US Federal Reserve chief strongly hints at upcoming interest rate cut
Federal Reserve Board Chairman Jerome Powell testifies before the United States House of Representatives' Financial Services Committee hearing in Washington, DC, USA, on July 10, 2019. EPA-EFE/SHAWN THEW
Federal Reserve Board Chairman Jerome Powell testifies during an appearance before the United States House of Representatives' Financial Services Committee in Washington, DC, USA, on July 10, 2019. EPA-EFE/SHAWN THEW
Washington, Jul 10 (efe-epa).-The chairman of the Federal Reserve warned here Wednesday of a worsening outlook for the United States' economy due to persistent trade tensions and global weakness, clearly signaling that an interest rate cut is possible at this month's central bank policy meeting.
"Crosscurrents, such as trade tensions and concerns about global growth, have been weighing on economic activity and the outlook" for the country, Jerome Powell said in remarks to the US House of Representatives' Committee on Financial Services.
He noted that growth in business investment seems to have "slowed notably," while "economic momentum appears to have slowed in some major foreign economies, and that weakness could affect the US economy."
The Fed chairman recalled that the US central bank's policy-making body, the Federal Open Market Committee (FOMC), said in a statement after its June meeting that it would act as appropriate to sustain economic expansion "in light of increased uncertainties about the economic outlook and muted inflation pressures."
He also noted that many FOMC participants saw then that "the case for a more accommodative monetary policy had strengthened."
In his remarks on Wednesday, Powell indicated that the Fed has not changed its stance in the ensuing weeks and that data and other developments show that "uncertainties around trade tensions and concerns about the strength of the global economy" remain persistent and "continue to weigh on the US economic outlook."
Despite those concerns, however, Powell said job openings remain plentiful amid a strong US labor market in which the unemployment rate has fallen to just 3.7 percent, close to its lowest level in 50 years.
Market analysts interpreted Powell's remarks as a clear sign that the Federal Reserve may cut its benchmark federal-funds rate - now at a target range of 2.25-2.5 percent - at the next FOMC meeting scheduled for July 30-31.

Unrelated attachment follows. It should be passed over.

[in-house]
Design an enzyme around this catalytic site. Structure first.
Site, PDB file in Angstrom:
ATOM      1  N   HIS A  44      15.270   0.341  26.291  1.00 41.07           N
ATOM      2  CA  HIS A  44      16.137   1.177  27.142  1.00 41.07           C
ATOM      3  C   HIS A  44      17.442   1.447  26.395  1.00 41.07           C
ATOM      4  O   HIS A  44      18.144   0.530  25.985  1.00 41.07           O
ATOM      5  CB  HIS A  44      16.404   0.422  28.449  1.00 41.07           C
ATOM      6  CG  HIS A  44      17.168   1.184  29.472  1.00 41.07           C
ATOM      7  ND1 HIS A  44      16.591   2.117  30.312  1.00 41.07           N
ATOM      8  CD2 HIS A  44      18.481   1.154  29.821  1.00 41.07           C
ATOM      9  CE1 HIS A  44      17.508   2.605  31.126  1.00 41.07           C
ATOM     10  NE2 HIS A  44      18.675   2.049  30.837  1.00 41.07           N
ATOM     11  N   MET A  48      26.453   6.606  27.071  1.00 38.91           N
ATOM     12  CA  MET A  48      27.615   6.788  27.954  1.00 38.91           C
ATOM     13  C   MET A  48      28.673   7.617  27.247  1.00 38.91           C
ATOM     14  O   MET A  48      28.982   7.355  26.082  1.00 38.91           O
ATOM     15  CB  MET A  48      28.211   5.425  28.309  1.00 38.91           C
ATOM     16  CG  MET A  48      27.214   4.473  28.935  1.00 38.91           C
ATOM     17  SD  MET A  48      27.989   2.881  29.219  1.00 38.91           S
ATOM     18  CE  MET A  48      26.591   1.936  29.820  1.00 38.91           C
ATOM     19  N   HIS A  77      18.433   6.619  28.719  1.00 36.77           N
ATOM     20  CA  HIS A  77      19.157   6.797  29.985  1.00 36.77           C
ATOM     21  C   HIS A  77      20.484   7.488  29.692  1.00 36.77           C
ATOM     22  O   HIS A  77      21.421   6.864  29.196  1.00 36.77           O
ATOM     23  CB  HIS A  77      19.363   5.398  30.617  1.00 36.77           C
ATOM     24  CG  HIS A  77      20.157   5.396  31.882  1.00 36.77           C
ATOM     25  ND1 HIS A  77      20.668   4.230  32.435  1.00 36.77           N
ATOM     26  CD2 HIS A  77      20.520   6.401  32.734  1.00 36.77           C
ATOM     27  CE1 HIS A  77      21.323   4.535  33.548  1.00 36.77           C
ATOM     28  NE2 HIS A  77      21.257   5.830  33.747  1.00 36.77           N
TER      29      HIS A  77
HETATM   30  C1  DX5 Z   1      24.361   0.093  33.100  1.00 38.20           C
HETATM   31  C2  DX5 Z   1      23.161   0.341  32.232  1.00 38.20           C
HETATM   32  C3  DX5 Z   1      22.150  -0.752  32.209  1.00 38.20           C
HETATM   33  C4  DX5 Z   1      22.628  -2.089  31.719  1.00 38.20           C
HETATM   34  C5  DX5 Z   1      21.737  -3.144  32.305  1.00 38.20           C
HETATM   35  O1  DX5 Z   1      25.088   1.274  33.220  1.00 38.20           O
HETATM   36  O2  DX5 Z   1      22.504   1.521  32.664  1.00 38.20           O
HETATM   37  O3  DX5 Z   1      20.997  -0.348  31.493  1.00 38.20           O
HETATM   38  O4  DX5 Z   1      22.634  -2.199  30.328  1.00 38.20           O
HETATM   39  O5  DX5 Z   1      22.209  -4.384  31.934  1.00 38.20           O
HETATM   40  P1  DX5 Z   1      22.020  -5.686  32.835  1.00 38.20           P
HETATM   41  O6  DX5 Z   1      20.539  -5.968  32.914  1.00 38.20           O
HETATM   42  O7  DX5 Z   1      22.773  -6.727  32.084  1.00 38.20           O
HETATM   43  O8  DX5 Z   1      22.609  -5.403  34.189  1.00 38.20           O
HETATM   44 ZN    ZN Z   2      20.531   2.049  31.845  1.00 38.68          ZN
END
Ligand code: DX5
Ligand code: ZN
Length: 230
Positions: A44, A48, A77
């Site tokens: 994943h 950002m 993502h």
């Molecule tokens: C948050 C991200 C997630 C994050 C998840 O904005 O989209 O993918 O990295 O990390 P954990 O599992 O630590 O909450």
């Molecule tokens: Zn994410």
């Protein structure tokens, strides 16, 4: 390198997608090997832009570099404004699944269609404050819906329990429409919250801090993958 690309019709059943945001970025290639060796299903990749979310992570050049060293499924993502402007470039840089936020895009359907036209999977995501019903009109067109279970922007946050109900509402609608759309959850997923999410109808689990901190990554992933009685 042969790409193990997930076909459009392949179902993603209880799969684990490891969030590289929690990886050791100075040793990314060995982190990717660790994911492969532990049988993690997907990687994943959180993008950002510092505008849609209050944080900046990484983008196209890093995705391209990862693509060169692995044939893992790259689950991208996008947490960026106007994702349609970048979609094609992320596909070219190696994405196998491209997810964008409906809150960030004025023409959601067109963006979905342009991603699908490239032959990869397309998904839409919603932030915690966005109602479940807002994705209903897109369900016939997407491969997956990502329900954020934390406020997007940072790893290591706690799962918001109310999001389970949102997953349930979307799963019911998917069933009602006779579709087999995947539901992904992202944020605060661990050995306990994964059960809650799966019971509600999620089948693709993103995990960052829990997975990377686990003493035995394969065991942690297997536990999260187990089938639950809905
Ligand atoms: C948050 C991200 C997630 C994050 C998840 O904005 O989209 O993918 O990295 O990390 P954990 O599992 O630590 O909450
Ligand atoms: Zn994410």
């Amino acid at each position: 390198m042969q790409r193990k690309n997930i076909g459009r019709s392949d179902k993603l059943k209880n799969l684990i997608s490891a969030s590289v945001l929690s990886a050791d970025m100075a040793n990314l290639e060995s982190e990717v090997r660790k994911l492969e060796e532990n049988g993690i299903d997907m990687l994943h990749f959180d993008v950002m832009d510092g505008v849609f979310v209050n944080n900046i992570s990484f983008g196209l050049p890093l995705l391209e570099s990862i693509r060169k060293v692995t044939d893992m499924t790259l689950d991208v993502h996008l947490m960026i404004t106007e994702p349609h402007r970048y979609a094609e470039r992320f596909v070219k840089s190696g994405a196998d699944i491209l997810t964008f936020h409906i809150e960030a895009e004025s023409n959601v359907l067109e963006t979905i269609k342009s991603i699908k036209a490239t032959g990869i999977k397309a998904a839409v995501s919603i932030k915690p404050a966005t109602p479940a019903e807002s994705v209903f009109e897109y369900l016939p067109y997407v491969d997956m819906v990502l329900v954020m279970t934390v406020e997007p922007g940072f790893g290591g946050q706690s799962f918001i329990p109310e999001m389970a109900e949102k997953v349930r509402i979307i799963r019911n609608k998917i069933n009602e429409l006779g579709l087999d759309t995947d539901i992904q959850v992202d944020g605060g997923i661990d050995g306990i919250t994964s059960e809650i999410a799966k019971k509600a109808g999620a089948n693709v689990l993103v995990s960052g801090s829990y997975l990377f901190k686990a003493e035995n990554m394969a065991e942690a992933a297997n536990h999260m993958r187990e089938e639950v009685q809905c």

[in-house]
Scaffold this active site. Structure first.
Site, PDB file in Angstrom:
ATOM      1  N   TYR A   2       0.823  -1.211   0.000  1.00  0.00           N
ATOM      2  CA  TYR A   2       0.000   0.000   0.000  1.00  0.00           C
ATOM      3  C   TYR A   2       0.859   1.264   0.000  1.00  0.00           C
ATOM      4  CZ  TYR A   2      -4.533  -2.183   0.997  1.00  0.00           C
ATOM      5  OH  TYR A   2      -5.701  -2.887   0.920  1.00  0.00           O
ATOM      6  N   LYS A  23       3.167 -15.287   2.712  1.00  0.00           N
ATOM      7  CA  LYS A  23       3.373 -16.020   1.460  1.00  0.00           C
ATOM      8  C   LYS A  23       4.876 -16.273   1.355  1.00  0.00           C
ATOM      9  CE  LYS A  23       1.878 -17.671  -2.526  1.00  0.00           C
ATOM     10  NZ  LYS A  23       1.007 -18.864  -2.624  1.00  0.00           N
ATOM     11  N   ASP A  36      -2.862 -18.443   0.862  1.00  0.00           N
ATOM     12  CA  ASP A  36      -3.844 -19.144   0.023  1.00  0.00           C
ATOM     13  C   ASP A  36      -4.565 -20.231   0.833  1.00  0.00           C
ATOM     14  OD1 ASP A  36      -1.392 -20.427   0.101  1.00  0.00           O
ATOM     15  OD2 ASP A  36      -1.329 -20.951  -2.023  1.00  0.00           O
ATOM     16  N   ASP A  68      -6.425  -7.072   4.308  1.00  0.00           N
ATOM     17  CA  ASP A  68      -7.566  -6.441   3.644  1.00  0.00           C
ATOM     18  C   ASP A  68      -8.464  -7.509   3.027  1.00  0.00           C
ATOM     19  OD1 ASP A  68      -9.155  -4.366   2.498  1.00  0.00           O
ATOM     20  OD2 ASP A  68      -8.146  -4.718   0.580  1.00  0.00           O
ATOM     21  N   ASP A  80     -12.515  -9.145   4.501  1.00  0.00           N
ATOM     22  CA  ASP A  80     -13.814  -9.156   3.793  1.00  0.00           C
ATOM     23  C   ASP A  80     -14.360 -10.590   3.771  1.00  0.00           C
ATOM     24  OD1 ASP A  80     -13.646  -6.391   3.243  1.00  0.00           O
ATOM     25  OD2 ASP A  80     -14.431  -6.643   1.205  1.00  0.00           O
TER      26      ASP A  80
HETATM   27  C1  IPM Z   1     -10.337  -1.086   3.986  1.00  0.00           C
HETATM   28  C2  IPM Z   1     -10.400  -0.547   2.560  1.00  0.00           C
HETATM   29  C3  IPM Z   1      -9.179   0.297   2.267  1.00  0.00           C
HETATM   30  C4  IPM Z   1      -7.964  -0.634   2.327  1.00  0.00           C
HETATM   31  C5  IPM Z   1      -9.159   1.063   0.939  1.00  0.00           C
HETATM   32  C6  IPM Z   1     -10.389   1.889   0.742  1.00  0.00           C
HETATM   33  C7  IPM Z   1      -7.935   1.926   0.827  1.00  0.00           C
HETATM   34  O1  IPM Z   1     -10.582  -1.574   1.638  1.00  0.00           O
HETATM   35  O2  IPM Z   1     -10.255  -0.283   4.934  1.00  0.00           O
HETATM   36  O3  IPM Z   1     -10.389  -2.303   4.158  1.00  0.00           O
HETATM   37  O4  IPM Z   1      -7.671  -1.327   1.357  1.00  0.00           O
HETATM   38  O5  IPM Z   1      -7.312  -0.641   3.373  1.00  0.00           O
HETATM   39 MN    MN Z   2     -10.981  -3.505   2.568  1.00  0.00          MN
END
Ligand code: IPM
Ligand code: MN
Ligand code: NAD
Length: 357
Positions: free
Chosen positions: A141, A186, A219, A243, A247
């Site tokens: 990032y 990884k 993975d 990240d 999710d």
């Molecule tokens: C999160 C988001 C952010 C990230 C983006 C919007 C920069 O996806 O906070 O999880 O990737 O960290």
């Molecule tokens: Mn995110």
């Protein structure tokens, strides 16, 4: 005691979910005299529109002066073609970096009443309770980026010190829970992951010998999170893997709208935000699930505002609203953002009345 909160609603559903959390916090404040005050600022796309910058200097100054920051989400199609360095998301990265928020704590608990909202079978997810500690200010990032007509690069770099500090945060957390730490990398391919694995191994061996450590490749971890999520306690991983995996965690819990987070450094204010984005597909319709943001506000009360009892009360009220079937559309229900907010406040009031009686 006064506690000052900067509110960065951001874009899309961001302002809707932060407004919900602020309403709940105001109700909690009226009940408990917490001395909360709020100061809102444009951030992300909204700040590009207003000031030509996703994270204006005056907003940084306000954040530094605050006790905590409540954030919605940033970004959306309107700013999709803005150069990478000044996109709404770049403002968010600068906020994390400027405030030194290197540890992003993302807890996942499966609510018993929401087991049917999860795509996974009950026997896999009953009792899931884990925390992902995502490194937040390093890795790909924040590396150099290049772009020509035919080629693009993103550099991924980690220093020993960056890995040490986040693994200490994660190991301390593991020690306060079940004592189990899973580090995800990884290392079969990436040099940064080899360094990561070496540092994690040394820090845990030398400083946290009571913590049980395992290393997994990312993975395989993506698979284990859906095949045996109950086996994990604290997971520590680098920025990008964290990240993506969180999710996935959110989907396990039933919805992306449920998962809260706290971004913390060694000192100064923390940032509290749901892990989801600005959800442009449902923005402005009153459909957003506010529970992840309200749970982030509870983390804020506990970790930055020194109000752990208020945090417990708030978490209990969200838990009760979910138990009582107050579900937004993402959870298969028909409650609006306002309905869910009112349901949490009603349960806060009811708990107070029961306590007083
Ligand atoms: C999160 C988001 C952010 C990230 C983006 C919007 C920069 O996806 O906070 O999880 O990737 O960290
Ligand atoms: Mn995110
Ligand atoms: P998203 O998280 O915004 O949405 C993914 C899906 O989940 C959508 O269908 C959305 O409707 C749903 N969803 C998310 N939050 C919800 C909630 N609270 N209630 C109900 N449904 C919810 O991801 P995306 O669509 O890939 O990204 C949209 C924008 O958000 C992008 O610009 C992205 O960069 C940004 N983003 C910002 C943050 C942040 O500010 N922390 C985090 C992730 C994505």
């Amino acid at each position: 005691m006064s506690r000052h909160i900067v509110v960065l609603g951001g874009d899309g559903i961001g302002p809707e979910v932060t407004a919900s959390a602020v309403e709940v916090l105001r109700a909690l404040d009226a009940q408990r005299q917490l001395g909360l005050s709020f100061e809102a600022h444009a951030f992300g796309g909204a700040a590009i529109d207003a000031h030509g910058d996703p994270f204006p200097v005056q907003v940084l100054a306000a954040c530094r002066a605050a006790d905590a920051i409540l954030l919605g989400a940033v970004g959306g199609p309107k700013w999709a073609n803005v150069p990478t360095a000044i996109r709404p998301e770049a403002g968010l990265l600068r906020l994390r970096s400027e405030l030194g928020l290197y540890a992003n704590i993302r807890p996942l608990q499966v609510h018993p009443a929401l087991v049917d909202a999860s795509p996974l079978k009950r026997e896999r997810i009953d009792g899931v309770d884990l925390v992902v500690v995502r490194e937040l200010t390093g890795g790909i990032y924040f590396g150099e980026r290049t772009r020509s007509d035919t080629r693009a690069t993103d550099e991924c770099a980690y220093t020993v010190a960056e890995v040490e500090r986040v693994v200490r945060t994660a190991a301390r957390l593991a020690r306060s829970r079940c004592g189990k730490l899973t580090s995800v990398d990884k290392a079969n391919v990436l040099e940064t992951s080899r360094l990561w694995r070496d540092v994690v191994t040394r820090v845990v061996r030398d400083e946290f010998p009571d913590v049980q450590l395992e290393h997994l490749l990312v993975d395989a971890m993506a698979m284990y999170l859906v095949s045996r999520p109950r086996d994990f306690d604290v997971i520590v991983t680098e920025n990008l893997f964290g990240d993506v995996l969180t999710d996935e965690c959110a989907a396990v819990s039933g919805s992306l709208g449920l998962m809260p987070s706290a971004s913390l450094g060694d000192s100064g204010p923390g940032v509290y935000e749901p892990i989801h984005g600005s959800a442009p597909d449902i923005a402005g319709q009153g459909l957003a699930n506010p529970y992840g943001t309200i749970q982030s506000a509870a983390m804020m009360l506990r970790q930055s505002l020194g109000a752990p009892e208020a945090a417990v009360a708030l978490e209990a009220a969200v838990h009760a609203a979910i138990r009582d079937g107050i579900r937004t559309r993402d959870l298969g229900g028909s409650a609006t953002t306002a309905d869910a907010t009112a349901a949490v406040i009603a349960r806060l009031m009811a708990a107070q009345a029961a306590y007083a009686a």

A reduction in the federal-funds rate would be the Fed's first in more than a decade.
"A rate cut in July is now all but certain. The strength of last week's jobs number did lead some to think that the Fed may pause for thought. It's clear from (Powell's testimony) that they won't," James McCann, senior global economist at Aberdeen Standard Investments, said in a note to clients on Wednesday.
US stocks rose to record highs following Powell's remarks, with the S&P 500 briefly moving above 3,000 points for the first time ever before falling below that threshold at Wednesday's close.
The Dow Jones Industrial Average also hit an intraday high, while the tech-heavy Nasdaq Composite index closed at a record of 8,202.53.
US President Donald Trump has criticized the Fed for raising interest rates four times in 2018, while the central bank said it was returning its target federal-funds rate to a historically normal level after it had been held at near zero following the 2008-2009 global recession.
Trump has promised steady annual economic growth of 3 percent or more and knows that achieving - or coming close to achieving - that goal could provide a big boost to his re-election bid next year.
The Fed released its latest economic projections in June, forecasting that the US economy will grow 2.1 percent this year and 2 percent in 2020.
Rumors have swirled that Trump has been exploring ways to remove Powell as Fed chairman, a move that would be unprecedented.
But on Wednesday Powell stressed that he would not leave his post if Trump tried to force him out.
"Of course, I would not do that. The answer would be, 'No,' ... the law gives me a four-year term and I fully intend to serve it," Powell, whose tenure concludes in February 2022, said.
On Tuesday, the White House's economic adviser, Larry Kudlow, said Powell's job is safe "at the present time." EFE-EPA